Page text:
Now, as opposed to creating yet-another-profile, visitors use their (presumably existing) Google Account to login. Google Accounts have Profiles attached to them (since about December 2007, although it's only recently that they are being talked about more). Here's my Google Profile.
There aren't really any built in "friends" in your everyday Google Account / Profile (in fact, in Google Reader it's really hard -- I enjoy Brendon Wilson's rant on this), so you can also activate several other networks to automatically connect with "friends" from those systems. Twitter and Plaxo are two that I experimented with. Orkut is also supported ... but when was the last time you signed into Orkut?
Twitter does that oh-so-lovable enter your username and password trick that leaves me feeling more than a bit queasy, but since I have a good size network, it seems pretty useful. You can then post to Twitter from within the widget to invite other people to join the network you've just entered. Plaxo does the better looking remote authentication and works just fine ... except I don't really use Plaxo all that much anymore.
OK, so now you're a "member" of a local "network"! What next? Well, on to the world of "Social Gadgets". There are ratings and a comment wall, and also support for OpenSocial apps. The OpenSocial apps are, I guess, the interesting part of this in the future, sort of allowing bridging of different data with mashups unique to the members on your own site. Except there's not much there today. Comments and ratings are fairly uninteresting when dynamic sites powered by Drupal or WordPress either do these things out of the box or can add them easily with a couple of plugins.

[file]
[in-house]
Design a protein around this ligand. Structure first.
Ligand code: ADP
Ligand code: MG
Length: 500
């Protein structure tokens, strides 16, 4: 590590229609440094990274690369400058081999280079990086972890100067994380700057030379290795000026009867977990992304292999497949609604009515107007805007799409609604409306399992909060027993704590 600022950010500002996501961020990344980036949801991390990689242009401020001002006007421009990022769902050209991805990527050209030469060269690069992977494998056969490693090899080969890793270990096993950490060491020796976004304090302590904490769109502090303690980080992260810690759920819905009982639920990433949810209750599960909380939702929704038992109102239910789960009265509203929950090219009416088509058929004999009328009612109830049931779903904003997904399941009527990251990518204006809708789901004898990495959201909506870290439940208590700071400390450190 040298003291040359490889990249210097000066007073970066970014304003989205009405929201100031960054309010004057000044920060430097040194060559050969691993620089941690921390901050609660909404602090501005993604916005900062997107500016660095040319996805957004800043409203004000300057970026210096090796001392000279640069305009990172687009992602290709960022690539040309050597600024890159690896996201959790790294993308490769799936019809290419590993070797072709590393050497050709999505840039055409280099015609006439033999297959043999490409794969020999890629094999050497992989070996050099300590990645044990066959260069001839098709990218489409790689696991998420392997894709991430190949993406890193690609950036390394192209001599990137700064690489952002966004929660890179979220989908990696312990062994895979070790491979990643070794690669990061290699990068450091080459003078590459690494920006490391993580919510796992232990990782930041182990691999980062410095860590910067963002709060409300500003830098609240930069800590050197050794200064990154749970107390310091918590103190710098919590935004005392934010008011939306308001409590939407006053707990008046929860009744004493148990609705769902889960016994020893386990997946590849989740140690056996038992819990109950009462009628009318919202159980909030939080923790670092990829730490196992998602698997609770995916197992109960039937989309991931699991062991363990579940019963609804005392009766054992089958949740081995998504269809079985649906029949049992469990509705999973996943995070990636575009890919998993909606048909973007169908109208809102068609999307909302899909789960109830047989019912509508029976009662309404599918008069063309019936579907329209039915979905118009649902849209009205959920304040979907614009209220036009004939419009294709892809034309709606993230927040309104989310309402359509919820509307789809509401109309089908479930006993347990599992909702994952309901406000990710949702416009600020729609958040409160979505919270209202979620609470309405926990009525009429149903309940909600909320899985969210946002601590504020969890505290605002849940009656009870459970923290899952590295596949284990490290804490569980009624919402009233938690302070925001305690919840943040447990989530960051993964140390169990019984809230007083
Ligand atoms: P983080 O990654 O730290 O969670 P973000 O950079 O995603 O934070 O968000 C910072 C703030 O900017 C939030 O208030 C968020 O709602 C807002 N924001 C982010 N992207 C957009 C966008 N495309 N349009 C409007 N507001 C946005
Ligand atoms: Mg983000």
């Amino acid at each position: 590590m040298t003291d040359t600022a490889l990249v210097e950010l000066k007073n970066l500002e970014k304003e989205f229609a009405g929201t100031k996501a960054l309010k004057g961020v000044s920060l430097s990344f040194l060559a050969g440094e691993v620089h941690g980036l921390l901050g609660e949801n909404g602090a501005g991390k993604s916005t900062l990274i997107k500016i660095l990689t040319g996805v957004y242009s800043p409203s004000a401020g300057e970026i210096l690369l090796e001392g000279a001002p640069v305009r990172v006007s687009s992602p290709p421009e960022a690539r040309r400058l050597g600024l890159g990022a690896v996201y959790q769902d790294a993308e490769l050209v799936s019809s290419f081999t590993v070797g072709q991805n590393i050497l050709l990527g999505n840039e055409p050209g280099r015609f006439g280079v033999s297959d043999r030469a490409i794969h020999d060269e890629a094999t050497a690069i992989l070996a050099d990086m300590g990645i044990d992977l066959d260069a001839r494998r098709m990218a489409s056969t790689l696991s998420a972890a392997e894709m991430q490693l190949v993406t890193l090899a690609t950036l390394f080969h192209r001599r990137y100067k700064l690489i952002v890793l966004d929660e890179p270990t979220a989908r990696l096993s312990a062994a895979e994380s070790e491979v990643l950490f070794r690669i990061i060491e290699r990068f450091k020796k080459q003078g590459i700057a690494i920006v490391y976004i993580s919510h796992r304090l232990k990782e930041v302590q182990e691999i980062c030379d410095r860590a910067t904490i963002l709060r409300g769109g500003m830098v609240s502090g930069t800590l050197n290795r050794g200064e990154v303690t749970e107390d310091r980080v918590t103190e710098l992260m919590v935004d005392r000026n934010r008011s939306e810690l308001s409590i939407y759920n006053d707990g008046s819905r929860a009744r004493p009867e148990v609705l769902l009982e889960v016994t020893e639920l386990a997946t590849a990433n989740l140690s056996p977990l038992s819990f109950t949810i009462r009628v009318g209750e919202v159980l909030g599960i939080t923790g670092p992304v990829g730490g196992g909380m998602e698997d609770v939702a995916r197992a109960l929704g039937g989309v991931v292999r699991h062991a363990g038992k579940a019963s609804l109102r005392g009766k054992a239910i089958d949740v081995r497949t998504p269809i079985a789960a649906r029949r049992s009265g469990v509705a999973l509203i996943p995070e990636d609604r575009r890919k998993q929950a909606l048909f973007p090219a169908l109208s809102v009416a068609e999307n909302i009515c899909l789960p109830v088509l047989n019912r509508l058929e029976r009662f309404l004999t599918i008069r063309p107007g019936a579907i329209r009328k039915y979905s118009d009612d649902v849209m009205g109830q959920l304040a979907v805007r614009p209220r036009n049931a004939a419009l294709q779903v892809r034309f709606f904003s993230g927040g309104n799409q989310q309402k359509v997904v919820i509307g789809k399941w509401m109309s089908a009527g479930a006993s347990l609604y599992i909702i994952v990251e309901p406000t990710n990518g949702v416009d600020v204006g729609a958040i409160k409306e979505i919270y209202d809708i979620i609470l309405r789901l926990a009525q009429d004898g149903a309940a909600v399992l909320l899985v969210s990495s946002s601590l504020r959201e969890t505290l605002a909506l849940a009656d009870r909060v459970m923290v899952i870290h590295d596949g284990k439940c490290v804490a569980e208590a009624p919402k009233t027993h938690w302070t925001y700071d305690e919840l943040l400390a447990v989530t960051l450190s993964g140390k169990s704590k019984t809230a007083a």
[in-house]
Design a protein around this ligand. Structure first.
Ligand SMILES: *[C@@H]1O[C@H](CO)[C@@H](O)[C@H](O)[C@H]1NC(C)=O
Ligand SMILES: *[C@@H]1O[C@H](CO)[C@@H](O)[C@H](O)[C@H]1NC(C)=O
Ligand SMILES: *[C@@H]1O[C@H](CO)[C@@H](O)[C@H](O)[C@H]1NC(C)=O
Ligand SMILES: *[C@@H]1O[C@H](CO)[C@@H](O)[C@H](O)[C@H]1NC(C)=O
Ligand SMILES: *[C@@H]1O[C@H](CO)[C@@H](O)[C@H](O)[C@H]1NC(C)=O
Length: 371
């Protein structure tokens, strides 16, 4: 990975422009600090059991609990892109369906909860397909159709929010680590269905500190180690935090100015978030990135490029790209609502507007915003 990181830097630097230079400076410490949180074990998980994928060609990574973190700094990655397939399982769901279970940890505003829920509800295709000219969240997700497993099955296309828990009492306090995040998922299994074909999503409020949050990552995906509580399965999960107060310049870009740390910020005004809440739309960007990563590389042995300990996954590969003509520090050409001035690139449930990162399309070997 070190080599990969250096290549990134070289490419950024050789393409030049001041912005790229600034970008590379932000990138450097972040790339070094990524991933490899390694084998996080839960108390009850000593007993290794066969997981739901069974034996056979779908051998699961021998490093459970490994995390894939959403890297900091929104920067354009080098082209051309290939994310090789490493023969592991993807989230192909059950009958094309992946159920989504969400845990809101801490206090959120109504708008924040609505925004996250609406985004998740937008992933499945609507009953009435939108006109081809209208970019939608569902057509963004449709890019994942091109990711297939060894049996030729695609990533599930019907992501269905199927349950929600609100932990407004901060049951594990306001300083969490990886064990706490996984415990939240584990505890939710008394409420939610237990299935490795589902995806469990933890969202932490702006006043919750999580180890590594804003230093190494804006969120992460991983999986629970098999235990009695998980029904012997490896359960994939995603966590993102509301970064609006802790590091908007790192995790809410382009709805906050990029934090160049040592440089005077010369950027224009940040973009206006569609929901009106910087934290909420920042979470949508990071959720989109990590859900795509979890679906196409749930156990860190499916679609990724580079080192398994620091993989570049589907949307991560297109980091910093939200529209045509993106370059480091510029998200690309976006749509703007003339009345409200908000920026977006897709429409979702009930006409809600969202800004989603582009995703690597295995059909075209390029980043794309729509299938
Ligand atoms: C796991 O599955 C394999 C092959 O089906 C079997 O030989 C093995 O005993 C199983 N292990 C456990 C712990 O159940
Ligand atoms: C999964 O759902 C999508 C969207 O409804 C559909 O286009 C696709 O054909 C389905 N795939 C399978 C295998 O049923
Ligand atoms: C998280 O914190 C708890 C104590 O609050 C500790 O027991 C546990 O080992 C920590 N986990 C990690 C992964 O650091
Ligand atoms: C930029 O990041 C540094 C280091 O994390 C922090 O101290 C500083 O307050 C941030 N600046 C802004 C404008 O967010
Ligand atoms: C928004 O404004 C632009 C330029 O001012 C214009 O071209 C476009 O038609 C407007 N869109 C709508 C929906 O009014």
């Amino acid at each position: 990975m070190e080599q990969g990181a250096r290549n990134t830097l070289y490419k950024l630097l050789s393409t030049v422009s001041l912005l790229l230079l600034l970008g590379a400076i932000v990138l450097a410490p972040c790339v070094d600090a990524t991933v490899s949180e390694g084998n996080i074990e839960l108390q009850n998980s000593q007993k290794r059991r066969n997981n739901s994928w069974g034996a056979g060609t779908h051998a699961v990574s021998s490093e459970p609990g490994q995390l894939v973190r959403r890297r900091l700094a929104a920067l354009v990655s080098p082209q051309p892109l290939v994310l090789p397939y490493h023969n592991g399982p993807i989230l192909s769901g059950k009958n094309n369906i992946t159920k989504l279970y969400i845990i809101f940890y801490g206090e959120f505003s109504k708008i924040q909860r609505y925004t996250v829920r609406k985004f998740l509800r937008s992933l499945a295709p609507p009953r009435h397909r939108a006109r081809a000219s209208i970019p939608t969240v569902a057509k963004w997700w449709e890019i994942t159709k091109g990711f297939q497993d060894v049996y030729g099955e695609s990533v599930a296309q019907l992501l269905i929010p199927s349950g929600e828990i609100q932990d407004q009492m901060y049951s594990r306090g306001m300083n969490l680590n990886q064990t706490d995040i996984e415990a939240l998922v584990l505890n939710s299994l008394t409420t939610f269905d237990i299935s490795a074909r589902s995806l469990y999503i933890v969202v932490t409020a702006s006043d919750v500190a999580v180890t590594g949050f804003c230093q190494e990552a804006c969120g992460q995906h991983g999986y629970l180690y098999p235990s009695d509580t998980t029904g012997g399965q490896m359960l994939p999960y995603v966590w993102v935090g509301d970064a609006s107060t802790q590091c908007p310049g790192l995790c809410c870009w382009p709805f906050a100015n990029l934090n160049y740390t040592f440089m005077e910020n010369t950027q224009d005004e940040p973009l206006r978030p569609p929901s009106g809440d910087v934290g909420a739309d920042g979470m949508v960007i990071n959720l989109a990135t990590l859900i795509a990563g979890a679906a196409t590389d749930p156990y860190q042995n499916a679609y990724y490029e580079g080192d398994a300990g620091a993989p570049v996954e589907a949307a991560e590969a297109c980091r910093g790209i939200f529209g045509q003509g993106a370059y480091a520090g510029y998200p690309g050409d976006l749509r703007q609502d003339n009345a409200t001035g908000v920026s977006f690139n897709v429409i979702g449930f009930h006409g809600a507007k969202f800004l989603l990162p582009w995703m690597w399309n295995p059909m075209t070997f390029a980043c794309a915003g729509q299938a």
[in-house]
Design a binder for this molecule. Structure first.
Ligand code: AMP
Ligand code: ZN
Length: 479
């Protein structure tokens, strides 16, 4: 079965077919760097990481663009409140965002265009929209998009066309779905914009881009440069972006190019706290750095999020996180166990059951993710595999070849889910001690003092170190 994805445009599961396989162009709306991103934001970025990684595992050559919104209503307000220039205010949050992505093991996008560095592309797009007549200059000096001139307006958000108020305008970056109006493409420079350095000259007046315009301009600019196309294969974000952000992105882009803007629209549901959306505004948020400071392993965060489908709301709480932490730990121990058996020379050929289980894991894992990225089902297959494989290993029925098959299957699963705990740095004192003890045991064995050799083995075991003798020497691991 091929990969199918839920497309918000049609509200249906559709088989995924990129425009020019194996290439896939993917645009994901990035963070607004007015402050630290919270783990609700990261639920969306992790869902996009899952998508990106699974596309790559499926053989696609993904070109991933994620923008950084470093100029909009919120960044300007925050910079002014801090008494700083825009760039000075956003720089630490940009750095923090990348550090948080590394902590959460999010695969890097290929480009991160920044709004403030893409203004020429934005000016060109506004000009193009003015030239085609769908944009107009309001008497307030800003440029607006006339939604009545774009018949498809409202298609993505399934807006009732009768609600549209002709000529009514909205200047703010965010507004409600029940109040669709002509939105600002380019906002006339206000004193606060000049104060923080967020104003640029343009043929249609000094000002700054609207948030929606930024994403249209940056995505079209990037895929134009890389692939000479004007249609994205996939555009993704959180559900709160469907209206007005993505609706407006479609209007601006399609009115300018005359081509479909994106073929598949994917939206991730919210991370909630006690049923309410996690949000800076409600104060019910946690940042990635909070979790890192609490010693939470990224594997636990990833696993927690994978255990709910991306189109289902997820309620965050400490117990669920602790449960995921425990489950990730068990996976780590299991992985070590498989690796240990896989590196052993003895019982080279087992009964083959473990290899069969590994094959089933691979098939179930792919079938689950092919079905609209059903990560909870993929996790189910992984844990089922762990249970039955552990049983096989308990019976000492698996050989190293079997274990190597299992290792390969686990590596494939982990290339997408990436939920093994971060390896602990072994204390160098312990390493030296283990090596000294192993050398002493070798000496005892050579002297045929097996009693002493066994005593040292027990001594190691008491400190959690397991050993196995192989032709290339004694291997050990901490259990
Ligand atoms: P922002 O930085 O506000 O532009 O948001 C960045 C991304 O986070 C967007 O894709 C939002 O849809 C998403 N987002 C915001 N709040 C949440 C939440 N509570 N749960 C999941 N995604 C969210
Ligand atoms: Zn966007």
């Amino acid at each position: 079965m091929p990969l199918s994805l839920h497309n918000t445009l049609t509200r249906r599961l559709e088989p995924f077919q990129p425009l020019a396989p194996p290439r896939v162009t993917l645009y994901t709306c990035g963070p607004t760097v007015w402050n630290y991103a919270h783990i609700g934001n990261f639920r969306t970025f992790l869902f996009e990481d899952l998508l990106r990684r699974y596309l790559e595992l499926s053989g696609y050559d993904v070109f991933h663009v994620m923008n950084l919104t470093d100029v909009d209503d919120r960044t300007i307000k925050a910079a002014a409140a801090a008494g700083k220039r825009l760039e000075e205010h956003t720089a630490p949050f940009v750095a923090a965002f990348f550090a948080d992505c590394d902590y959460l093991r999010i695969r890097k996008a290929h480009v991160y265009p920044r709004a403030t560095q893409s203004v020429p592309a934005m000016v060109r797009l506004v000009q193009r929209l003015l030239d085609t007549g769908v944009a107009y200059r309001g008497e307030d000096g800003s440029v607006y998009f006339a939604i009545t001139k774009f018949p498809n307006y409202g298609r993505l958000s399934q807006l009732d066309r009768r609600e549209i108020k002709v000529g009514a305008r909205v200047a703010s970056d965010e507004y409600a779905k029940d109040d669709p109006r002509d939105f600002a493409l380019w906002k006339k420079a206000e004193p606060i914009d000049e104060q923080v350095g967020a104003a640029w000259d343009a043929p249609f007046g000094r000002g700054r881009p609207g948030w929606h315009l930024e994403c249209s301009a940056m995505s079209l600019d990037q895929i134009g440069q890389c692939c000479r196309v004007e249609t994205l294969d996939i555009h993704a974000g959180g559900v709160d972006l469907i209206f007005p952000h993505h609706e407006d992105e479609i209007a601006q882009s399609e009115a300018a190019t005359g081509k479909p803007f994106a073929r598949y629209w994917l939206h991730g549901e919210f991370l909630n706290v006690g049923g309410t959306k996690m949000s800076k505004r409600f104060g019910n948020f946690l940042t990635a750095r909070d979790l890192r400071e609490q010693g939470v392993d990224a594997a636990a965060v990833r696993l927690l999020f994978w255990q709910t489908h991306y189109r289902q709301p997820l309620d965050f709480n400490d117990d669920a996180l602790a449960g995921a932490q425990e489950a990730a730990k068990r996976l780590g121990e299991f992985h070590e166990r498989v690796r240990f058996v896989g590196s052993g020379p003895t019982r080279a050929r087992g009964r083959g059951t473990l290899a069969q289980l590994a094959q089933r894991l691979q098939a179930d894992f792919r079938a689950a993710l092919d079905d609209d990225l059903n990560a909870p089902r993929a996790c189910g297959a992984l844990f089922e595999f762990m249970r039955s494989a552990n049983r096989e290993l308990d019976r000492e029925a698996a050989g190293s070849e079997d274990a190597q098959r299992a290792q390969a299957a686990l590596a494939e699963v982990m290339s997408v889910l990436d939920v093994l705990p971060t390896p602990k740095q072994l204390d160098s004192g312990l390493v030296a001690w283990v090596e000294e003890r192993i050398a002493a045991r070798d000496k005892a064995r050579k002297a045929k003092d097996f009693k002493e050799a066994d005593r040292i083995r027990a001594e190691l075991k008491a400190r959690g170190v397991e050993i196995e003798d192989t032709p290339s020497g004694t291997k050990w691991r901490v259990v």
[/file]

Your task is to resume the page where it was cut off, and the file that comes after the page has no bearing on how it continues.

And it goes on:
But....I'm not completely down on this system. In fact, I've been talking to Anthony of Farmstead Wines, who is a heavy Twitter user, about adding Friend Connect to his website. He can use his large Twitter network to build a social network around his website. It doesn't do a lot of interesting things *today* ... but you can already see how member profiles on Google Maps and other mashups will be trivial to implement in the future. Adding full network functionality to his website would cost a lot of money and time if needing to be "built in" directly, whereas the Friend Connect route lets Anthony build his network today, centered around the permalink of his own website (as opposed to some other system like ye old Ning).
Will you be adding Google Friend Connect to your site? Do you find it useful? Where is this heading?
Below is the Google "Wall Gadget" -- it lets you post comments and post YouTube links. The scope of this wall is the "entire site" -- you can make one of these that apply to a particular page or a unique id.
So far, I continue to be underwhelmed. Come on Google, ride on top of OpenID, and plug this directly into a site's existing user account system...
Update: Jim Pick left a comment that went so far as including a screencast showing OpenID support in Google Friend Connect. So, my bad, Google Friend Connect does support OpenID directly. More correctly what I meant with my closing commentary was that, rather than logging into Google's infrastructure, that this should be tied into my sites existing account system. Which already supports OpenID.